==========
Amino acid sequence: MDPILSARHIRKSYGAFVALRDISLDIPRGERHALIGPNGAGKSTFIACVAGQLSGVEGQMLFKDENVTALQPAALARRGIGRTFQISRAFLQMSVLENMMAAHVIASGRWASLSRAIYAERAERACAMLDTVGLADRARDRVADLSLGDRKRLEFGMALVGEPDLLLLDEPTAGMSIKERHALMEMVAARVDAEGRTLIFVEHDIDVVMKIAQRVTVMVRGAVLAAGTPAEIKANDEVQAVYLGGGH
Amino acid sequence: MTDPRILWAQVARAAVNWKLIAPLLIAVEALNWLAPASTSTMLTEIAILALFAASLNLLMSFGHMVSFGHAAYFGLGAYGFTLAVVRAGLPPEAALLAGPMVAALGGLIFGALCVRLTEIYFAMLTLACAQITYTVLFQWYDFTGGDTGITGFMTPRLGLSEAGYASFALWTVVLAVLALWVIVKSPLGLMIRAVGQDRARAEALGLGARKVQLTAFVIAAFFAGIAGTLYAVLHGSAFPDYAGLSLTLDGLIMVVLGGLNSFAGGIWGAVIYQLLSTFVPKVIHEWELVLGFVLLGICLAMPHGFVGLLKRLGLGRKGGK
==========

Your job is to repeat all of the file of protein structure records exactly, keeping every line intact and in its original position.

Amino acid sequence: MDPILSARHIRKSYGAFVALRDISLDIPRGERHALIGPNGAGKSTFIACVAGQLSGVEGQMLFKDENVTALQPAALARRGIGRTFQISRAFLQMSVLENMMAAHVIASGRWASLSRAIYAERAERACAMLDTVGLADRARDRVADLSLGDRKRLEFGMALVGEPDLLLLDEPTAGMSIKERHALMEMVAARVDAEGRTLIFVEHDIDVVMKIAQRVTVMVRGAVLAAGTPAEIKANDEVQAVYLGGGH
Amino acid sequence: MTDPRILWAQVARAAVNWKLIAPLLIAVEALNWLAPASTSTMLTEIAILALFAASLNLLMSFGHMVSFGHAAYFGLGAYGFTLAVVRAGLPPEAALLAGPMVAALGGLIFGALCVRLTEIYFAMLTLACAQITYTVLFQWYDFTGGDTGITGFMTPRLGLSEAGYASFALWTVVLAVLALWVIVKSPLGLMIRAVGQDRARAEALGLGARKVQLTAFVIAAFFAGIAGTLYAVLHGSAFPDYAGLSLTLDGLIMVVLGGLNSFAGGIWGAVIYQLLSTFVPKVIHEWELVLGFVLLGICLAMPHGFVGLLKRLGLGRKGGK